Twenty-seven political parties raise formal objections over #Elections2019

Pretoria – Twenty-seven political parties raised formal objections with the Electoral Commission of SA (IEC) over the 2019 general elections and are calling for an independent audit.

In a letter the parties said that they have taken note that the IEC was “willing to conduct an audit on its own, by virtue of the veracity of these complaints received”.

The parties said the complaints related to the elections cast “serious doubts” as to the credibility of the whole election process and the outcome. 

“There are various instances of people who voted multiple times. The full extent of this will never be known no matter how much sampling is done,” the letter read. 

“The people accused of this and incarcerated for it are more than likely victims of political bullying and abuse. Voting stations opened late and one not at all.” 

The parties are Forum 4 Service Delivery; African Content Movement; International Revelation Congress; African People’s Convention; Ecoforum; Better Residents Association; CPM; SA National Congress of Traditional Authorities; Women Forward; Land Party; ATM; PAU; SRWP; Alliance for Transformation; Cope; African Renaissance Unity; African Security Congress; SANCOTA; AASD; Compatriots of South Africa; NPA; IRC; NAPF; PAC; PRM; and African Covenant. 

Other grievances included voting stations running out of ballot papers and people being asked to return at a later stage or go to a different station; indelible ink pens not working or could be rubbed off easily; voting districts that had scanners that did not work or no scanners at all.

According to the parties, ballot papers were not stamped at the back; people were given different configurations of ballot papers; presiding officers assisting people to vote without any third-party present; unmarked ballot papers; and special votes used a system that utilised two envelopes and some three or four.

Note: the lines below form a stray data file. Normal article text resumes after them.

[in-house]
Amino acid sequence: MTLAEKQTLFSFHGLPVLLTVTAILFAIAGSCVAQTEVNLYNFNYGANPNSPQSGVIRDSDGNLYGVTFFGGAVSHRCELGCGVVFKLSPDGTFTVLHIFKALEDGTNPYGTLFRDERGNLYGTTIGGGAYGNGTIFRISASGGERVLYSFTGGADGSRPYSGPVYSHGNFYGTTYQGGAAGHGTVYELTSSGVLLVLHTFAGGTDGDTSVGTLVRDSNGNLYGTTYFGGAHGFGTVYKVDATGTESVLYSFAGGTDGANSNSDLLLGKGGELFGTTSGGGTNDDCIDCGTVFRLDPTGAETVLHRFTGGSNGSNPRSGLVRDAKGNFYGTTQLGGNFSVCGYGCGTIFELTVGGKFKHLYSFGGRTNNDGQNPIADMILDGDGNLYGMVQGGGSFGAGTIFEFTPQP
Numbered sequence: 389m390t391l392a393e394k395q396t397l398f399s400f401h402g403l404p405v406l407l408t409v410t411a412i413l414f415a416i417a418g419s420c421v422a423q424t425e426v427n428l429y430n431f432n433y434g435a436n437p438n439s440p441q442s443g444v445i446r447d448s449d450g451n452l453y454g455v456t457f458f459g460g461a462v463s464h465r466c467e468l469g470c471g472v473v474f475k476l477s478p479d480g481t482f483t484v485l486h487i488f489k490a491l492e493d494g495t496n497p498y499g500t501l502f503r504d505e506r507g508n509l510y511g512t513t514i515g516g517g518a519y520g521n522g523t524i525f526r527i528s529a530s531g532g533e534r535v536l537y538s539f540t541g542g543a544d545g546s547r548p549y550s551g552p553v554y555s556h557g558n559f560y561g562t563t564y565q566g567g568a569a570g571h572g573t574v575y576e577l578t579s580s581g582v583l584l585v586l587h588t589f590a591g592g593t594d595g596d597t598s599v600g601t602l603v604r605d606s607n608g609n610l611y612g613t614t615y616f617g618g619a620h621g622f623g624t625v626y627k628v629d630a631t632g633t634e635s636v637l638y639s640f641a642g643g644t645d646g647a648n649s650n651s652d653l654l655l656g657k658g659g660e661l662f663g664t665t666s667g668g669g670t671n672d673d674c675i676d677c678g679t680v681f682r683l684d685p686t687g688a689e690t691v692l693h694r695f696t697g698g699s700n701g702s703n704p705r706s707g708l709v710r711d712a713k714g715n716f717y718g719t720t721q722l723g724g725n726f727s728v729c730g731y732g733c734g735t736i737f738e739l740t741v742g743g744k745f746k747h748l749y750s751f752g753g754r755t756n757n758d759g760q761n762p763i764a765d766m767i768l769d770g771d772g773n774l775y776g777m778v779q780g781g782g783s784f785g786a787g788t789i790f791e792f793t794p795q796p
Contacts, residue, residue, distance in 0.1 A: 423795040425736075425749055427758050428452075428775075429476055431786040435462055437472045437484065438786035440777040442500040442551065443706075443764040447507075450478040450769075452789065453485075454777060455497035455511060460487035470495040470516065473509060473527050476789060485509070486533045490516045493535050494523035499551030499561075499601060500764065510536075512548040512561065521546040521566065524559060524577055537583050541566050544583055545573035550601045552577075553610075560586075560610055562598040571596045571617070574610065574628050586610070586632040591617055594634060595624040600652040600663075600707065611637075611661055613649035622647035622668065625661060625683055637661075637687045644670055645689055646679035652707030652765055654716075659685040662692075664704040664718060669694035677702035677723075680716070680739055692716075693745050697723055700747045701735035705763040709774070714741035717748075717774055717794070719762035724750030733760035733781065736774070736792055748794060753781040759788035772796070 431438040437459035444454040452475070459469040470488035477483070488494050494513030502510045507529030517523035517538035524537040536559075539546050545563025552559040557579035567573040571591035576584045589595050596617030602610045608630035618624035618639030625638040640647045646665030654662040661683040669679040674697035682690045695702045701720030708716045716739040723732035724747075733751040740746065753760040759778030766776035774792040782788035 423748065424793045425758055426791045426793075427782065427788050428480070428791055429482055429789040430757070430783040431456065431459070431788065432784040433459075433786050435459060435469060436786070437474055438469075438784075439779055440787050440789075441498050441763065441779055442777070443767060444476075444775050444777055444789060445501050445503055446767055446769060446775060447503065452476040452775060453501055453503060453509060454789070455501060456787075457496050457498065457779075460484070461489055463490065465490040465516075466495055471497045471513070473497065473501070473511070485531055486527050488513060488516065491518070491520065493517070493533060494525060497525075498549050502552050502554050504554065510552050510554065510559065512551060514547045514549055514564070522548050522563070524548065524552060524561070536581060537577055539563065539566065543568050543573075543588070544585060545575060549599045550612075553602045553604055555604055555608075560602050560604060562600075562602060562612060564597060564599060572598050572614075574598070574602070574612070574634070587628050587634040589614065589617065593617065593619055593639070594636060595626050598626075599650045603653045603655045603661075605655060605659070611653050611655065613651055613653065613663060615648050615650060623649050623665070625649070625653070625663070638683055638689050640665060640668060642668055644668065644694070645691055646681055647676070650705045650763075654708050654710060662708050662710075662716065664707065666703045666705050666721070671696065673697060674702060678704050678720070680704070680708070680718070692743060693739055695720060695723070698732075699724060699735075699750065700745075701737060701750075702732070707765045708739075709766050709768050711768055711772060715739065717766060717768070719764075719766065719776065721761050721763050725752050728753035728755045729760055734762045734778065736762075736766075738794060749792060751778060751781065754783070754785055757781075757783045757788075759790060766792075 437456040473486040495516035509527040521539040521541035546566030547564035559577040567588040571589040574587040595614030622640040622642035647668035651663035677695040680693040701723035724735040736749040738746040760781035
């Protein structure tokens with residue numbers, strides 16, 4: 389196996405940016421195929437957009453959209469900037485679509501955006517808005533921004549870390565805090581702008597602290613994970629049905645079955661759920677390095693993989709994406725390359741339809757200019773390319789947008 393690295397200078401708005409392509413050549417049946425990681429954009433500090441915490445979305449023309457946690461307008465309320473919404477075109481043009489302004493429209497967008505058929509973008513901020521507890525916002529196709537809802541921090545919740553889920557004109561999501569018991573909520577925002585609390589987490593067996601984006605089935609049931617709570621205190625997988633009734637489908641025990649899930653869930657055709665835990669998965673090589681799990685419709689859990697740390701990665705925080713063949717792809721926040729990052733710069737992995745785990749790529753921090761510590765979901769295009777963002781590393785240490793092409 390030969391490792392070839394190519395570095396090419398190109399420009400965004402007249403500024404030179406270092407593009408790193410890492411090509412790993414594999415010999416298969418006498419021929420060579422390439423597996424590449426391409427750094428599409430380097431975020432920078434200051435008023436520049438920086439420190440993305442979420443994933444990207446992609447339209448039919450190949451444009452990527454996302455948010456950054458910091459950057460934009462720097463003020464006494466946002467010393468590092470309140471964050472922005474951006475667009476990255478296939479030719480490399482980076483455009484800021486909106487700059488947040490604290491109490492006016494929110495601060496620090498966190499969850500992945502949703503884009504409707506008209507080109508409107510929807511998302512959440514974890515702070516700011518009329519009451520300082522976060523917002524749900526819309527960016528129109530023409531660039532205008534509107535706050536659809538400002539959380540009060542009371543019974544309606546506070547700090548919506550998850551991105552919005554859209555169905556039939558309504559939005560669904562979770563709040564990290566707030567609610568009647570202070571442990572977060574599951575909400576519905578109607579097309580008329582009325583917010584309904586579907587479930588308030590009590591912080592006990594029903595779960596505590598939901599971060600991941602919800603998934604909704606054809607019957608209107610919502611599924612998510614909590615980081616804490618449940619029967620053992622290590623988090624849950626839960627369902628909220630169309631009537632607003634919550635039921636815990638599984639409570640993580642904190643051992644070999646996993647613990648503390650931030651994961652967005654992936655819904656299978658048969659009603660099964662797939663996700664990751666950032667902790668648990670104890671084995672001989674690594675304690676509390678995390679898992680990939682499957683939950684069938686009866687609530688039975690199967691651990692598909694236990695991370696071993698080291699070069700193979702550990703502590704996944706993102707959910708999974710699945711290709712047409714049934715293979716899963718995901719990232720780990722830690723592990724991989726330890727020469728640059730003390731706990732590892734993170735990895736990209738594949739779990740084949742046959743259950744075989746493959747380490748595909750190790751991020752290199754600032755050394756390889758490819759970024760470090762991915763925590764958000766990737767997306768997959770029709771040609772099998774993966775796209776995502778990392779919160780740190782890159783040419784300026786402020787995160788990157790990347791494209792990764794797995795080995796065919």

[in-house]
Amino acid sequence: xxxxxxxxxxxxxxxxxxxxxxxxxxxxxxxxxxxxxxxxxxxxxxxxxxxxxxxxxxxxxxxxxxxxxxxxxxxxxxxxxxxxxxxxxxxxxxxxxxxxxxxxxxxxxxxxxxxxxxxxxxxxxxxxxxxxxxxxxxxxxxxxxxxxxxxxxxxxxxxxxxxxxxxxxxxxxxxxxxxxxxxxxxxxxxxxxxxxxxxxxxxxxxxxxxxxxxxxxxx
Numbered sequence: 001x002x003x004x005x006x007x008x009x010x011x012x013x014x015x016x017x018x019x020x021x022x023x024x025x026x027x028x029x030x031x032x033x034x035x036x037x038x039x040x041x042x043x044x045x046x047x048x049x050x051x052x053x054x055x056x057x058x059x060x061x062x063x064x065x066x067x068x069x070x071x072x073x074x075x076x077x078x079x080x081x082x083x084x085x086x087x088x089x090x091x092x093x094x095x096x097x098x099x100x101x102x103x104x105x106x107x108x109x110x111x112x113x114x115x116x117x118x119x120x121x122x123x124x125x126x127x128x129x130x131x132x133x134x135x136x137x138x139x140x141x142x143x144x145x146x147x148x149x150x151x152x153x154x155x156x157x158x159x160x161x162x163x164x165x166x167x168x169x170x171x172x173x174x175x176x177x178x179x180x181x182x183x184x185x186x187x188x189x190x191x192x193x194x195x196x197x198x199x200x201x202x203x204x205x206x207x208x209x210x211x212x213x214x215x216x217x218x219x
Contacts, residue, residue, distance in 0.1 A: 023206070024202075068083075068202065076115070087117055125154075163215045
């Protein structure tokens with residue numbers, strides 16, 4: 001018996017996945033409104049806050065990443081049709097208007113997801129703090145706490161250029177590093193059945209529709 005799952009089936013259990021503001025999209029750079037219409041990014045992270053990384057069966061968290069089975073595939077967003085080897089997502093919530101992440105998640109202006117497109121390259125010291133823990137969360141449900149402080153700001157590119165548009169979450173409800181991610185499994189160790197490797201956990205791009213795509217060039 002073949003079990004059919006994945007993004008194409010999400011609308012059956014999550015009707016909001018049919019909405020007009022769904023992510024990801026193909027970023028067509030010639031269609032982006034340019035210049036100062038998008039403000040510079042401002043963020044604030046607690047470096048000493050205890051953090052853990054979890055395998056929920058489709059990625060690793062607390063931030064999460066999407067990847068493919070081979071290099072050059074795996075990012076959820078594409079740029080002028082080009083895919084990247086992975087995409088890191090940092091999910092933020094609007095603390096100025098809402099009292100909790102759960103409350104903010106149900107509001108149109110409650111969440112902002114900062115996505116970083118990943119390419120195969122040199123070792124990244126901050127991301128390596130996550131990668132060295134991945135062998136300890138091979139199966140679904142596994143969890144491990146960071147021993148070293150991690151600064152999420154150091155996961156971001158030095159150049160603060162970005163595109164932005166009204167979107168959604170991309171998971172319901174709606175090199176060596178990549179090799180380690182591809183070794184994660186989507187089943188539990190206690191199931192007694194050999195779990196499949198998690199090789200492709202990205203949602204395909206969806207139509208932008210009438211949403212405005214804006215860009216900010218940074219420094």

“We are instructed that these issues were also formally raised with the IEC via thousands of formal complaints from across the length and breadth of the Republic of South Africa,” the letter read. 

The IEC said after receiving the complaints it would conduct a quick audit. 

The parties said they were not satisfied that the IEC was conducting the audit. 

“Our clients accordingly are of the view that the IEC is compromised insofar as the objectivity of any audit processes concerned and therefore hereby demand that the IEC by 11am on 11 May 2019, appoints an independent audit firm to conduct the audit it needs to do,” the letter read.

“Should the IEC not agree to an independent audit, we hold instruction to approach the Electoral Court for, amongst other things, an order to compel the IEC to appoint an independent audit firm to conduct an audit of the 2019 general elections and to refrain from declaring the outcome of the election.”